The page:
Whether it be wear and tear from a long and productive career (this is a likely scenario for me, his shoulder is just shot) or much worse, Halladay’s struggles are sad to see. I would never claim to know him personally. I know him only from our interactions in the clubhouse. But he is a good guy and a ridiculously hard worker. The stories that have been written about him, the comments people have made about his work ethic and how much he is respected, they have not been exaggerated. He lives up to the hype. So it is tough to watch a guy that has been arguably the best pitcher in baseball struggle like this. But maybe I’m wrong. Maybe he will get good news. I’m just not sure what that could be.
So who replaces Halladay?
My bet is Triple-A left-hander Adam Morgan. I’ve been hearing how he’s not on the 40-man roster, but so what? Morgan (1-2, 3.89 ERA) has the best numbers of the Triple-A starters, although he has struggled in each of his last three starts. But he has performed better overall than Tyler Cloyd, Ethan Martin and B.J. Rosenberg (Cloyd has pitched better in his last two starts. He last pitched Friday.) None of those three have an ERA less than 5.11. I also don’t believe Double-A Reading left-hander Jesse Biddle is an option at this point.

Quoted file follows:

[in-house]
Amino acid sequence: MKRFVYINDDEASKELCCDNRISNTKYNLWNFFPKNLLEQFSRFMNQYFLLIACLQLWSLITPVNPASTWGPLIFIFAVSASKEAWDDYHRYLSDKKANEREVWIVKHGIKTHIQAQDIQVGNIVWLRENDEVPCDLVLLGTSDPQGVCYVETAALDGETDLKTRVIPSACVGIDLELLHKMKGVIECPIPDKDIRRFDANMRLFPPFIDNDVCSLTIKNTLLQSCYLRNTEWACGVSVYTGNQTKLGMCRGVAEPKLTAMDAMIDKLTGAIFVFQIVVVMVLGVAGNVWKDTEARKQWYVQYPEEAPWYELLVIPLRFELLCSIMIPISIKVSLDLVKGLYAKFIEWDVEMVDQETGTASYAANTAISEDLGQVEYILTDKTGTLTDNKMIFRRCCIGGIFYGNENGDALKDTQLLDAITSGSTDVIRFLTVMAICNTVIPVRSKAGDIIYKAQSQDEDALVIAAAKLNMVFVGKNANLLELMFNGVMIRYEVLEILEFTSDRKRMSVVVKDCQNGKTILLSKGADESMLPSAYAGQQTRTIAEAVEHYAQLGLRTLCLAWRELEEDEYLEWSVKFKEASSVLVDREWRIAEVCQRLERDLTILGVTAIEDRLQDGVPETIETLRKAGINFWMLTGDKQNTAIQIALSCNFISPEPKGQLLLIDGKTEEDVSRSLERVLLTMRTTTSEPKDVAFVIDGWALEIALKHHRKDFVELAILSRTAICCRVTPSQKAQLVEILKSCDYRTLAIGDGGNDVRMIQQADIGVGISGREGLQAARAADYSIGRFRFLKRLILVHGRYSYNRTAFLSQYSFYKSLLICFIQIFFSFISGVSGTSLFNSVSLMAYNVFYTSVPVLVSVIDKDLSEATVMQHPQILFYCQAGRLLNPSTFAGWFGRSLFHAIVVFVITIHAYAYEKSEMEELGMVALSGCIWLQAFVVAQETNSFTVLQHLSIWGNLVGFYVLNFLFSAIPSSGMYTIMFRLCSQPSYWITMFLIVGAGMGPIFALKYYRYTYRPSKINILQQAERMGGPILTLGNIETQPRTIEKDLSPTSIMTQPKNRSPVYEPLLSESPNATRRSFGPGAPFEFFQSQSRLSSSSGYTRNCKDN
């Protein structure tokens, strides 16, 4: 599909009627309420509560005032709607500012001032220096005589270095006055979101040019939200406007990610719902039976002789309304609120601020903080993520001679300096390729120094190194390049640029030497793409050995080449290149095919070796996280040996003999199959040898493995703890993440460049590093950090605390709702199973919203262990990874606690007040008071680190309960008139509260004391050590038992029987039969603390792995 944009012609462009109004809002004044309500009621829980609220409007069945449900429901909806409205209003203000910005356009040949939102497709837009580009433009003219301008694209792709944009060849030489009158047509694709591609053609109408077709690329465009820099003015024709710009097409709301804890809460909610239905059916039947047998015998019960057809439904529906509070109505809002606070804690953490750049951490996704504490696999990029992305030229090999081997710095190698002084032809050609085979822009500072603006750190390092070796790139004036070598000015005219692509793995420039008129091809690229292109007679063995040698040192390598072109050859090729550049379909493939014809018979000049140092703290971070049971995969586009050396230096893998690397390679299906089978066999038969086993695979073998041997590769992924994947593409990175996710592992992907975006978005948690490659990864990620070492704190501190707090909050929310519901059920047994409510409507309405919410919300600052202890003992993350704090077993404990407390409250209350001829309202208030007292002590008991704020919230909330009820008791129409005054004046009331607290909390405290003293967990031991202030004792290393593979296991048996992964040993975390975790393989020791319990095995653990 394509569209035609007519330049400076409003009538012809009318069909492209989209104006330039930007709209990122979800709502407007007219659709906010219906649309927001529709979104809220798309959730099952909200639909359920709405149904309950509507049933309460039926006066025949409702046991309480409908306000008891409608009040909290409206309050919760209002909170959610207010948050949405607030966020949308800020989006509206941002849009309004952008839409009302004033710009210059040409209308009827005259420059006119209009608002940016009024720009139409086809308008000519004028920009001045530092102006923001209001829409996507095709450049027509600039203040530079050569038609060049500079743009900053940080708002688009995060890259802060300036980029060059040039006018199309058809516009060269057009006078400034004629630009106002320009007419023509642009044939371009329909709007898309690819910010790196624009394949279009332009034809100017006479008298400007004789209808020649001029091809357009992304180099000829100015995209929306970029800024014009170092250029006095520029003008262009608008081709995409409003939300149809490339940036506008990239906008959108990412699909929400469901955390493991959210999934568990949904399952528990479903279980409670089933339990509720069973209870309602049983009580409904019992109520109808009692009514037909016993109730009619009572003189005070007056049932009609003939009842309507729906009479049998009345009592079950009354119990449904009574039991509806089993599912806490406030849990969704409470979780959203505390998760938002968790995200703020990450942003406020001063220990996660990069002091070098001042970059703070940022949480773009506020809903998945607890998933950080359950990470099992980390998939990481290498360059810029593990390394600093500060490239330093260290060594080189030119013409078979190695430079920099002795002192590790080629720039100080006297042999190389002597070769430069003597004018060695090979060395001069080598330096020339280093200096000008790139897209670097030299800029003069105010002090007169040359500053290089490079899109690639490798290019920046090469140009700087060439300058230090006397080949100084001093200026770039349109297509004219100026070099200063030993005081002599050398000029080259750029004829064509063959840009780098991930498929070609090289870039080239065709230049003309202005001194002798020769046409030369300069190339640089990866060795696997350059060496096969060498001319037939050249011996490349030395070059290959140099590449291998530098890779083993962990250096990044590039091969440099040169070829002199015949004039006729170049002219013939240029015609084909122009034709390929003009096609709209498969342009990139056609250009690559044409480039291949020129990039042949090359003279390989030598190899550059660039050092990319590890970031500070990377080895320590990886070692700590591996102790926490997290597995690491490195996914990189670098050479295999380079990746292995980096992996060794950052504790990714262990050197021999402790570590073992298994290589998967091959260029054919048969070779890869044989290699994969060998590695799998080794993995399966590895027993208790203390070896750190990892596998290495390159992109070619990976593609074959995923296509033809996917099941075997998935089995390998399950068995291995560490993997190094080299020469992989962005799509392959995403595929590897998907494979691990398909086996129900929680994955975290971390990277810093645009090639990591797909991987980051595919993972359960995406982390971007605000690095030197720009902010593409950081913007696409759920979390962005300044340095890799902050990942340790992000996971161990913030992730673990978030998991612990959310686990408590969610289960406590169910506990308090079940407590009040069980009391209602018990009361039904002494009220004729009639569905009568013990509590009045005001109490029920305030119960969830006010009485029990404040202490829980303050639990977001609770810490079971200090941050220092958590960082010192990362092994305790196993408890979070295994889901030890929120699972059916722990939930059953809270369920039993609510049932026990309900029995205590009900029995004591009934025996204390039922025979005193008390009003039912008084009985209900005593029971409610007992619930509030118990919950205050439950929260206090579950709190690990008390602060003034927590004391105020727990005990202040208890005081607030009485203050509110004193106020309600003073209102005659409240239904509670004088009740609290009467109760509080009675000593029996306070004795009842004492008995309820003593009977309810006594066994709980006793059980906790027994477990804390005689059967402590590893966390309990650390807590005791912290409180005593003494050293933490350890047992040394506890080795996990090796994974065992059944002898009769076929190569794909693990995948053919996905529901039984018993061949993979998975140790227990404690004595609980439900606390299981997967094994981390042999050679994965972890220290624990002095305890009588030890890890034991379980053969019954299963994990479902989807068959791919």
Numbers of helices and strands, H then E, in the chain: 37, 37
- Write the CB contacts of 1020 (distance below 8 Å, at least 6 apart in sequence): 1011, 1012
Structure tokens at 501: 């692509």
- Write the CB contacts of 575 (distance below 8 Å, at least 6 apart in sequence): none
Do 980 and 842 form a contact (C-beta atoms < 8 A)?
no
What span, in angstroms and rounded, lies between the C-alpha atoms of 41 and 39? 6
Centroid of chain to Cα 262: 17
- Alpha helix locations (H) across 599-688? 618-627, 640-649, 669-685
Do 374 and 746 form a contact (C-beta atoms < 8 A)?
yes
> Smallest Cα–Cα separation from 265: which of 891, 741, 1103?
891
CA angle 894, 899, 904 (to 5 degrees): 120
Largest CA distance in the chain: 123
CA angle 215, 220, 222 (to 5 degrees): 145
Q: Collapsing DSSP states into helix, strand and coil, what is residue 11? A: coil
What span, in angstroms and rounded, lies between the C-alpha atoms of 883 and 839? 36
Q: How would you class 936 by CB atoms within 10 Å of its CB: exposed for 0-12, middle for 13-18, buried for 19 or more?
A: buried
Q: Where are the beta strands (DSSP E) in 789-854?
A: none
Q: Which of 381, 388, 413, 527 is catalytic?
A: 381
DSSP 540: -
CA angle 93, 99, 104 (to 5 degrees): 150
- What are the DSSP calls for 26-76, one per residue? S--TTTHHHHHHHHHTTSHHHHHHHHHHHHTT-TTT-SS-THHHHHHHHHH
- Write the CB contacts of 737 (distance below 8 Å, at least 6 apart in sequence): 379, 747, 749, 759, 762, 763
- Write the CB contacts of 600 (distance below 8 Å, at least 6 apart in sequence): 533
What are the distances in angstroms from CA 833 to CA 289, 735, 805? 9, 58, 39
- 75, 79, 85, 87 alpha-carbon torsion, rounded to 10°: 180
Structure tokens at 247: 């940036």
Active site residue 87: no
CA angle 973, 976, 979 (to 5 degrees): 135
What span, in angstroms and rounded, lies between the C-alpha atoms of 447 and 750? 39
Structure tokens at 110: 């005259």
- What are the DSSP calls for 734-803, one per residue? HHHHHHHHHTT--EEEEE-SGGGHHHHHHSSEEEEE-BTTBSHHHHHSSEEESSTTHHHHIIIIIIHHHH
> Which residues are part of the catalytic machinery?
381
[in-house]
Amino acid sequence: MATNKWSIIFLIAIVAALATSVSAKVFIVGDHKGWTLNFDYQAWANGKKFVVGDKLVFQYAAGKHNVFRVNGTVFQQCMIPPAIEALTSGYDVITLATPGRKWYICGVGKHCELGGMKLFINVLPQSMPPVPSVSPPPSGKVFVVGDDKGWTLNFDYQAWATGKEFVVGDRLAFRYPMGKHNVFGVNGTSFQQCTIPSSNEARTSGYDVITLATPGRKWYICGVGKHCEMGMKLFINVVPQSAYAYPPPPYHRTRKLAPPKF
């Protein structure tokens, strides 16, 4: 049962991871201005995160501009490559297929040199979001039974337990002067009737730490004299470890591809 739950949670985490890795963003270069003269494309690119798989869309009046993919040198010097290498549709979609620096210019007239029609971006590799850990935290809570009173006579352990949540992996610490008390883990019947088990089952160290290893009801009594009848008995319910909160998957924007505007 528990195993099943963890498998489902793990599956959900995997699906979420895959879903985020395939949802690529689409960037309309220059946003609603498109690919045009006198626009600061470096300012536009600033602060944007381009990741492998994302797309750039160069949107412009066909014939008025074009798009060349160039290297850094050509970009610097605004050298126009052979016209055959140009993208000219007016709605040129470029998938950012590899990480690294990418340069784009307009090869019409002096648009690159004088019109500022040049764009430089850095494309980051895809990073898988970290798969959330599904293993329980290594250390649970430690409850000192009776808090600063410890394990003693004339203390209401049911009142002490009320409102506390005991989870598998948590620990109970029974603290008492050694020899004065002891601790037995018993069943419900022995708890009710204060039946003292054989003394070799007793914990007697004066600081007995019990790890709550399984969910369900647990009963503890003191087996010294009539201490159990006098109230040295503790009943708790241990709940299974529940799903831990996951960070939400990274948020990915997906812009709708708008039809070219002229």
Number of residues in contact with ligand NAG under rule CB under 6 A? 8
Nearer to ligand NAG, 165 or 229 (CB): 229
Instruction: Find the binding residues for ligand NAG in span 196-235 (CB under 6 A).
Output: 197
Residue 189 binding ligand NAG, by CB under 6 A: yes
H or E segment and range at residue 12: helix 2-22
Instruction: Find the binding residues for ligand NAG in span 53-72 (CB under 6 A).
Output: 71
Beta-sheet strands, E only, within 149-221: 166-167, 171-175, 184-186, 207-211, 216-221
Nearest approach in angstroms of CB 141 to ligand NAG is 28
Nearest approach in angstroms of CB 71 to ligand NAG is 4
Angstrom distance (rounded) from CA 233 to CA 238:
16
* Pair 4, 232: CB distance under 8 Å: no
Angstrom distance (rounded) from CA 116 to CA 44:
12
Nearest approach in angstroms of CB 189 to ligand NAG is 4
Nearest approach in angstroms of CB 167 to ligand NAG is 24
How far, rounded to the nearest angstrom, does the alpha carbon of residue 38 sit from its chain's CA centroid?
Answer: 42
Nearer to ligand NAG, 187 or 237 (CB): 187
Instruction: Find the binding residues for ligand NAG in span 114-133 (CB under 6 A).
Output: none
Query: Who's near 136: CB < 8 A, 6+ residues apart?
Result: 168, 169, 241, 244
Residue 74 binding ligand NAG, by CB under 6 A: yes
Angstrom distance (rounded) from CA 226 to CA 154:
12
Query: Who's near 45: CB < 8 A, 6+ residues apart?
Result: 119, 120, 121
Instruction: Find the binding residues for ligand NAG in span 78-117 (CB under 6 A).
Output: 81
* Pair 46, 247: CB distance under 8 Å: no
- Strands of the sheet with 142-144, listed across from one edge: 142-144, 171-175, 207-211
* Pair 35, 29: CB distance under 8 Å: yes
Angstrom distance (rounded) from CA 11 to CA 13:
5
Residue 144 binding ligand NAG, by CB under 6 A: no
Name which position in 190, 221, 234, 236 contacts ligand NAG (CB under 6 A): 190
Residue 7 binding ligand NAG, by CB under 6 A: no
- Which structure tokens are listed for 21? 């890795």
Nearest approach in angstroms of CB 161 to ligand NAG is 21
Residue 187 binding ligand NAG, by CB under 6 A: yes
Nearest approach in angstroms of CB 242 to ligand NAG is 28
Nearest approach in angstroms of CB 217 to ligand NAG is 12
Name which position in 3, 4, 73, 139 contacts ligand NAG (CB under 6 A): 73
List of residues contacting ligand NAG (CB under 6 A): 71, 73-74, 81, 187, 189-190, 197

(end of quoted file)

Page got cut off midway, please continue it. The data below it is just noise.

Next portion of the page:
They said they never considered Double-A Reading left-hander Jesse Biddle, who is the organization’s top prospect.
That is not a surprise. Biddle had not pitched above Class A Clearwater before this season. The Phillies would like to get him more experience before they make that jump.
But Biddle certainly has impressed in four starts with Reading. He dominated last night in Harrisburg. He allowed one hit, two walks and struck out 16 in seven scoreless innings. He took a perfect game into the seventh inning before he walked a batter.
“The thing that stood out to me more than the number of strikeouts he had, through six innings he threw 73 pitches,” Phillies director of player personnel Joe Jordan said. “I mean, he really just dominated the strike zone with four pitches. It wasn’t that he went 90-95 pitches to get to that number. That’s what was so impressive to me. The last time I saw him, which was his previous start in Reading, I saw more swings and misses with his fastball than I had ever seen. His stuff is just coming. It’s coming and his ability to use it is getting better. Everything came together last night. Literally, he had four pitches to go to and command of all of them so they were in trouble.”
Of course, the question about any top prospect is this: When will Phillies fans see him in a big-league uniform?
“I think it’s a little premature, but we’re obviously going to keep our eyes on this and we’ll follow it very closely,” Jordan said. “I think you go in with all of these guys, as far as their development plans with the plan, and the players alter it good or bad. Sometimes their ability, their performance, it will make it go one way or the other. Nothing is in stone. He’s where he needs to be. He earned, after what he did in Clearwater last year, the right to go to Reading. So far he’s done a great job. It’s been a month. The weather is going to arm up, the hitters are going to catch up. I think that’s, that’s the way I look at it. He even said it last night – this is my kind of weather, the hitters don’t like hitting in this weather.
“We’re going to follow it very closely. Because he’s one of our best, if not our best. We all know that.”
MLB.com ranks the Phillies’ top 20 prospects.